This past weekend (April 13-16) Khmer people around the world celebrated the Cambodian New Year, a three-day festival that falls at the end of the harvest season and before the rainy season begins. A Cambodian-American friend told me about the holiday, and suggested I visit Wat Samakki Dhammikaram, a Cambodian Buddhist Center in Brooklyn, where there would be a large pot luck with traditional Cambodian foods I might like to write about for the blog.
I immediately marked it on my calendar with all good intentions to go.
And then Sunday arrived, the day slipped away, and before I knew it, it was 2 p.m. and the festivities ended at five. I quickly hopped on my bike and dashed to Rugby Road on the far side of Prospect Park where the temple was located.
Turning the last corner, I found myself greeted by an oversized, white house with colorful, square flags strung end to end from the porch’s rafters.
As I feared, the festivities were winding down and most of the food had already been eaten, although not entirely. In the front of the house sat two large baskets filled with fruit for the Buddha.
Behind the house, in a cemented backyard, people sat on plastic chairs beneath a simple, white tent eating grilled chicken and steak marinated in lime and pepper, a dish I later learned was called Loc Lac. One man welcomed and introduced me to the center’s leaders, while a woman offered me a sandwich of spicy steak and hot sauce on a crusty, white baguette. They apologized for the lack of food, but I wasn’t complaining. They were incredibly generous, and I was a stranger in their midst.
On top of one man’s plate I noticed prahok, a spicy fermented fish paste synonymous with Cambodian cuisine called prahok.
I learned that people who’ve left the Cambodian countryside for the city often say they dislike prahok, because its smell reminds them of farm life and the imposed hardships of forced agrarian labor imposed during the murderous reign of the Khmer Rouge, when nearly 2 million Cambodians were killed through genocide, and as many who could fled the country.
Still, people at the New Year’s celebration were singing karaoke, or at least the Khmer version, to songs about people working the fields. My friend later told me that the connection to the Cambodian land remains strong for refugees even, and perhaps especially, because they were forced to leave. It’s a homesickness she’d observed in her relatives, as they reminisced about their former lives in Cambodia.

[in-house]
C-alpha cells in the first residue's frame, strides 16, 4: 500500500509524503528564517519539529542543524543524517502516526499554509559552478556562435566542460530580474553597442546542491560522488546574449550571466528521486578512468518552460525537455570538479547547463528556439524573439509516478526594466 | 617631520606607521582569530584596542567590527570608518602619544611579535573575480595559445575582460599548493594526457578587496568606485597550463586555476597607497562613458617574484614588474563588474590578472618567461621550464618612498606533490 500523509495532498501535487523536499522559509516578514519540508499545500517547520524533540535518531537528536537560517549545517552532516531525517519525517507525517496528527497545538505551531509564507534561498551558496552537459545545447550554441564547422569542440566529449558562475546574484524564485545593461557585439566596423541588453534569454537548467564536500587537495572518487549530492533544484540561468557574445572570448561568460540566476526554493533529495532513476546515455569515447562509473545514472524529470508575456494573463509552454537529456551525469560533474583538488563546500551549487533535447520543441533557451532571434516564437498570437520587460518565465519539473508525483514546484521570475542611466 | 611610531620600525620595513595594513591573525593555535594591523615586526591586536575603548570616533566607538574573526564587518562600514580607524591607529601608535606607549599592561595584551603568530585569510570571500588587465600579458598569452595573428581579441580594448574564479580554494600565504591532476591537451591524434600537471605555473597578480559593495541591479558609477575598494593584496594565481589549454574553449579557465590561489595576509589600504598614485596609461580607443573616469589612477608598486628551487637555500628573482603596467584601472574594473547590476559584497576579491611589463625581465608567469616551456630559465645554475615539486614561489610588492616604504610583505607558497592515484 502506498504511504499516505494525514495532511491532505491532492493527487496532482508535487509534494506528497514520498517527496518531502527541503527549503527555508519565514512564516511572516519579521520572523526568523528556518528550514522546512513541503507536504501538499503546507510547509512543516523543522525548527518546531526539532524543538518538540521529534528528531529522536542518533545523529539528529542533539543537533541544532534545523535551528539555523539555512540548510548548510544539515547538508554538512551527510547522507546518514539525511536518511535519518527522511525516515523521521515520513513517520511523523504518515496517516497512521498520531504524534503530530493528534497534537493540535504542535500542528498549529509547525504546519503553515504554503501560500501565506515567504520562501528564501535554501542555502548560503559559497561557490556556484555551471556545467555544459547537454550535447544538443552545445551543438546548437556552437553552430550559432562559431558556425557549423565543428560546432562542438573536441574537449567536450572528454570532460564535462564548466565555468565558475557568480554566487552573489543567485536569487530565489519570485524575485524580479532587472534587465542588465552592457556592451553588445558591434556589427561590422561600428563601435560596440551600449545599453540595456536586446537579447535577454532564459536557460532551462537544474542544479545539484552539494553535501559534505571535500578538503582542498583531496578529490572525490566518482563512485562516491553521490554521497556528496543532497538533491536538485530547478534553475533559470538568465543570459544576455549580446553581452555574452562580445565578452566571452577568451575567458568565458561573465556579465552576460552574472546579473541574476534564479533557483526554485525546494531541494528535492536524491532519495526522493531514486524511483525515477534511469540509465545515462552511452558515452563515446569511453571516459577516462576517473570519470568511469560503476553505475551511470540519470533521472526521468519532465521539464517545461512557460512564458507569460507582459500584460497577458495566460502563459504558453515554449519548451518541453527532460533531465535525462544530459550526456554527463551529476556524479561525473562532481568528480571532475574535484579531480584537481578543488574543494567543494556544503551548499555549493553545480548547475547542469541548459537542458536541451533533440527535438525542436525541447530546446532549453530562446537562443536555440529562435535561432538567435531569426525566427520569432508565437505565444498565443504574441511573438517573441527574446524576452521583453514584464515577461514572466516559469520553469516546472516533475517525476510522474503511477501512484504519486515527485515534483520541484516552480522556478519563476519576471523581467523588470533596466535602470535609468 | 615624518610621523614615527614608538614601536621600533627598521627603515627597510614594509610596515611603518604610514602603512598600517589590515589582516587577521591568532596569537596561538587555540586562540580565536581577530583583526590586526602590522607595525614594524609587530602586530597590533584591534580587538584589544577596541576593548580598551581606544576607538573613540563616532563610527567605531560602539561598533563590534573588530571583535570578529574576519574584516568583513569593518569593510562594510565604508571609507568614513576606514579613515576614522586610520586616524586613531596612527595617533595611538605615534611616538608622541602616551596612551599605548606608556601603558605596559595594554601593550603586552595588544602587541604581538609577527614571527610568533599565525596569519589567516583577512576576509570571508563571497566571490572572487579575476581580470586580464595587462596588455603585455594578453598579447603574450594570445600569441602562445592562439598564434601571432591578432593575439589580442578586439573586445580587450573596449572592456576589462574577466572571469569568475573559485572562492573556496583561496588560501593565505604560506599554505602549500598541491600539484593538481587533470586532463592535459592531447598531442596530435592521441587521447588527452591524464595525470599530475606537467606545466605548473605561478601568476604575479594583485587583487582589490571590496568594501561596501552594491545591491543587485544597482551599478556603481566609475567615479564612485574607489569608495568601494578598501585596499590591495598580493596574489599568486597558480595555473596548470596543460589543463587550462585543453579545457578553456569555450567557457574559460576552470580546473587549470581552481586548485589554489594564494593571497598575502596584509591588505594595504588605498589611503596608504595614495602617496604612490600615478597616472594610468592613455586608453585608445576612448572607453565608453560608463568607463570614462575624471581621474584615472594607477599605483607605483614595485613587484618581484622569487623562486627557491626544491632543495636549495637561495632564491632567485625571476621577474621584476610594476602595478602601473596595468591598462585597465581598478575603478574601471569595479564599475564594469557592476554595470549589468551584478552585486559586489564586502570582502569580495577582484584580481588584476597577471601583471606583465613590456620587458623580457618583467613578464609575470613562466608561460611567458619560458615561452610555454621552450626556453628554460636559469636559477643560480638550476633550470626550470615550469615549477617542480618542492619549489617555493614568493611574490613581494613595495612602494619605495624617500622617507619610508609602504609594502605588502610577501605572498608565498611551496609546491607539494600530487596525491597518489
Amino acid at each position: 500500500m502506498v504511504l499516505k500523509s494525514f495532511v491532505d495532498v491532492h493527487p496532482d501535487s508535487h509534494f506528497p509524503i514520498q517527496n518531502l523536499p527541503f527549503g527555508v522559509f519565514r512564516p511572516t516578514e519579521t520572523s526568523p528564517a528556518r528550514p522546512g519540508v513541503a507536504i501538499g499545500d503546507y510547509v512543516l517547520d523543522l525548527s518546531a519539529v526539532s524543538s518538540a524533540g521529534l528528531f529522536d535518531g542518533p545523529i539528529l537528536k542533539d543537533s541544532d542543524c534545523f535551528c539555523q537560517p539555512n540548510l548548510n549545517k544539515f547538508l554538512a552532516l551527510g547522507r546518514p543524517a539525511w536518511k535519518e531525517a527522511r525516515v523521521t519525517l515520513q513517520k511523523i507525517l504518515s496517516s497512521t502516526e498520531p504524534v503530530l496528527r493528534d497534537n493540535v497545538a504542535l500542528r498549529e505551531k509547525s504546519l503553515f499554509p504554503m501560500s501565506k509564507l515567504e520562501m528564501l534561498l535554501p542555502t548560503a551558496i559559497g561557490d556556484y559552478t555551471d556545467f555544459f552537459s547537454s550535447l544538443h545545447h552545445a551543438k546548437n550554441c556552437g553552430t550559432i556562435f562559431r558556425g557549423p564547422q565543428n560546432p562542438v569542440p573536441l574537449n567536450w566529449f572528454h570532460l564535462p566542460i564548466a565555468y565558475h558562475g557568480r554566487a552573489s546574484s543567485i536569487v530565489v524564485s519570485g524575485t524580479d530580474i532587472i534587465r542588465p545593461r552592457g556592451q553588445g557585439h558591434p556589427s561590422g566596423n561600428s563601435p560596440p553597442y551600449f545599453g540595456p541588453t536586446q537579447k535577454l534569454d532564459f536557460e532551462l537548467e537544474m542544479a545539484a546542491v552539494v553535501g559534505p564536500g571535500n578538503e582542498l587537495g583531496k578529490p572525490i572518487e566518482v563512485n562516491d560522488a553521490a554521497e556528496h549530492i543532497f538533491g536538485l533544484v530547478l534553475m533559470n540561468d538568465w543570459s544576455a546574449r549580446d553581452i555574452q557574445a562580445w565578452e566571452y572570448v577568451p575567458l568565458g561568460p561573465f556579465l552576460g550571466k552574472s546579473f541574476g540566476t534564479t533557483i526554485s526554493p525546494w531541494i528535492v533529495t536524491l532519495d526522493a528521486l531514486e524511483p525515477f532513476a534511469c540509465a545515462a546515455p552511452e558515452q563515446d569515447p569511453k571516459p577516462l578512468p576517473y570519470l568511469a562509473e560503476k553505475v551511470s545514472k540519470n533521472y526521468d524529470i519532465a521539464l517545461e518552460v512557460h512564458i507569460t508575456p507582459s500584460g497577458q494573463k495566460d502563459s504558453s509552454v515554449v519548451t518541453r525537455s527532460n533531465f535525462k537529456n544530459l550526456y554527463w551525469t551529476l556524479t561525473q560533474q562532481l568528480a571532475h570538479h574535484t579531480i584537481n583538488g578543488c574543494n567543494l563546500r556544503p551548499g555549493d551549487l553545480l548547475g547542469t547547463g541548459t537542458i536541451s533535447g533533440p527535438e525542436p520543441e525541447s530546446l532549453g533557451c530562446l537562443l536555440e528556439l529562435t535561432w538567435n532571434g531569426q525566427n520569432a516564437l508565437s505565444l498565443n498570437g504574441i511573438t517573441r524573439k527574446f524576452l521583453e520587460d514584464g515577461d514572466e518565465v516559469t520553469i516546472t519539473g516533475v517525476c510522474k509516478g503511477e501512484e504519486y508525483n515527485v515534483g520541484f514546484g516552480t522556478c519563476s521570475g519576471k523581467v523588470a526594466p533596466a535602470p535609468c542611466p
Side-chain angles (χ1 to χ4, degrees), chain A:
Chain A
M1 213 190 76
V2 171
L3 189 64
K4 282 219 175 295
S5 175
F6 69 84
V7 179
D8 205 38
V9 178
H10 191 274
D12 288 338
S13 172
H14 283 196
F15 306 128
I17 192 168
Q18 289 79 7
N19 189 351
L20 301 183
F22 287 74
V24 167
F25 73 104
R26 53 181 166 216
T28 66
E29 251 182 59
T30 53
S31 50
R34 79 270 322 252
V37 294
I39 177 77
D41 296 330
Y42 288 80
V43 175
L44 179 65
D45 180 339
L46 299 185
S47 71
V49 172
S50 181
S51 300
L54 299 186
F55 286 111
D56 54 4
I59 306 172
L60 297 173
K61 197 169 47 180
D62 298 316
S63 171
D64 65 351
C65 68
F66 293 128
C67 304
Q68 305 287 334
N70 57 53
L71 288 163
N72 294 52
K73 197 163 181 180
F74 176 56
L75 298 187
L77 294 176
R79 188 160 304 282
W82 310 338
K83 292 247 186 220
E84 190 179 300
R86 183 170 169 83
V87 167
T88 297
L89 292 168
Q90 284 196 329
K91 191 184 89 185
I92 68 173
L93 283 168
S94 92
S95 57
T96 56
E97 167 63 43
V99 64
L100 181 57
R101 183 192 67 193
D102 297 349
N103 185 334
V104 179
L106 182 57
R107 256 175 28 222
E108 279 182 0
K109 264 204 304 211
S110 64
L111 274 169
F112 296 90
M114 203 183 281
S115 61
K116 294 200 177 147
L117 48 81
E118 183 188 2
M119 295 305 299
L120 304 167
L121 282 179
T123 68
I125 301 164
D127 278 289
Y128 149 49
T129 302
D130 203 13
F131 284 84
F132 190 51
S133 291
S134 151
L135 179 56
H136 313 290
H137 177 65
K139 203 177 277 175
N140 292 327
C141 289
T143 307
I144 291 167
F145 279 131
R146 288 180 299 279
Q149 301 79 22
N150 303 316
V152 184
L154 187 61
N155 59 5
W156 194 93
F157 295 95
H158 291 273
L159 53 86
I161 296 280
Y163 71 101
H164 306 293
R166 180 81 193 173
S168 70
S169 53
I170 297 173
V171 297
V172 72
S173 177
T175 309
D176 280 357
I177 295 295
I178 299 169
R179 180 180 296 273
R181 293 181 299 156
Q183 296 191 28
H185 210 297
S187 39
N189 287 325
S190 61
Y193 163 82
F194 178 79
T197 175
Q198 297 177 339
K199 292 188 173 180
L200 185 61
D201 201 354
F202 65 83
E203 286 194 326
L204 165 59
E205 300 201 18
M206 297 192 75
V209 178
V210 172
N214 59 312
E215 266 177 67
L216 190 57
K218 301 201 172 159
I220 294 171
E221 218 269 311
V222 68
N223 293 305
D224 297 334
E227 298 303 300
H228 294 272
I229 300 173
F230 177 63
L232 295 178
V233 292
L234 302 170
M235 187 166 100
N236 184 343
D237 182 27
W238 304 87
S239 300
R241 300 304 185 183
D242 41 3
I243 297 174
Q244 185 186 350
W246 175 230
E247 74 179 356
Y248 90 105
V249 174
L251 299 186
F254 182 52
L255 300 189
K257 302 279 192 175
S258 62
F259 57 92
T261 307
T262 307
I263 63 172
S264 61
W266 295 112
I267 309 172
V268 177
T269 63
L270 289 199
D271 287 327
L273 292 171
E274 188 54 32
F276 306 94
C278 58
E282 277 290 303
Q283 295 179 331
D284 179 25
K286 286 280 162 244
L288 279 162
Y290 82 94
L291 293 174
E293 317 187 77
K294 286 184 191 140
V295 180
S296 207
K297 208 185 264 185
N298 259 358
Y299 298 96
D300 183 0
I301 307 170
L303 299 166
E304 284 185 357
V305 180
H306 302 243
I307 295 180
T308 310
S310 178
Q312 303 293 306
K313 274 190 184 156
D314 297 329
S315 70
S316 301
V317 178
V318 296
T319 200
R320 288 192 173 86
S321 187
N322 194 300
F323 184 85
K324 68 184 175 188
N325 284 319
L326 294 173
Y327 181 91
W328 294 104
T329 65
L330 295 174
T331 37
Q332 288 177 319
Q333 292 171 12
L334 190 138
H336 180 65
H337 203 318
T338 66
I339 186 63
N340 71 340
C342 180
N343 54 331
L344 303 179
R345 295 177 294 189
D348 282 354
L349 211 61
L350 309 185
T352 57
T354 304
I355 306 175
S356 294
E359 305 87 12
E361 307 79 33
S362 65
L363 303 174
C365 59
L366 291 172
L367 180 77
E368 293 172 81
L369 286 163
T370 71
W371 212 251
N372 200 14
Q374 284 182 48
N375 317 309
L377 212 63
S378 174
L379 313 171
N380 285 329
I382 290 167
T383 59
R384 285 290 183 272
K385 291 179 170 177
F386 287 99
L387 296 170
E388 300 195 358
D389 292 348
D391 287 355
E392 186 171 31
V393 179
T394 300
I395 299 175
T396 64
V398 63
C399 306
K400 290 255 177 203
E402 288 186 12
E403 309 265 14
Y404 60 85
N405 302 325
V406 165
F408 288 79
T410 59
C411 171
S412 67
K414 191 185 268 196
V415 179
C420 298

I went inside the house, where a Buddhist monk dressed in a bright, orange robe was blessing an elderly woman. I removed my shoes, bowed, and asked if he would do the same for me. He obliged, and as I sat at his feet, he mouthed prayers, most likely in Sanskrit, then tied a red yarn around my wrist. A man who spoke English explained that it was for good luck and safe travels. something I needed, although the monk didn’t know it.
The red bracelet has special meaning in Buddhism, portending good luck to the bearer and having the potential to positively affect everything from personal relationships to career. The color red is associated with bravery, and the tying on of the thread, accompanied by the monk’s blessing, is said to protect the recipient with the monk’s presence, even when the two are separated by continents.
I said goodbye and thanked my hosts, then wheeled my bike back on the road. My stay was brief, an hour at most, and I can’t say I learned what I wanted about Cambodian cuisine. Yet I have few regrets. I now have a red bracelet around my wrist that’s been blessed by a Buddhist monk.
The best meal in the world could never give me that good karma.
To learn more about Cambodian cuisine, here are some of the first stops I’ll make:
Satrey Khmer Online: A compendium of recipes and links.
A recipe for Loc Lac, with a worthy critique about whether it’s really a traditional Cambodian dish or one created by colonizers and now adopted as the country’s own.
A great Cambodian restaurant in NYC: Kampuchea.
Anthony Bourdain’s Food Tour of Cambodia on the Travel Channel.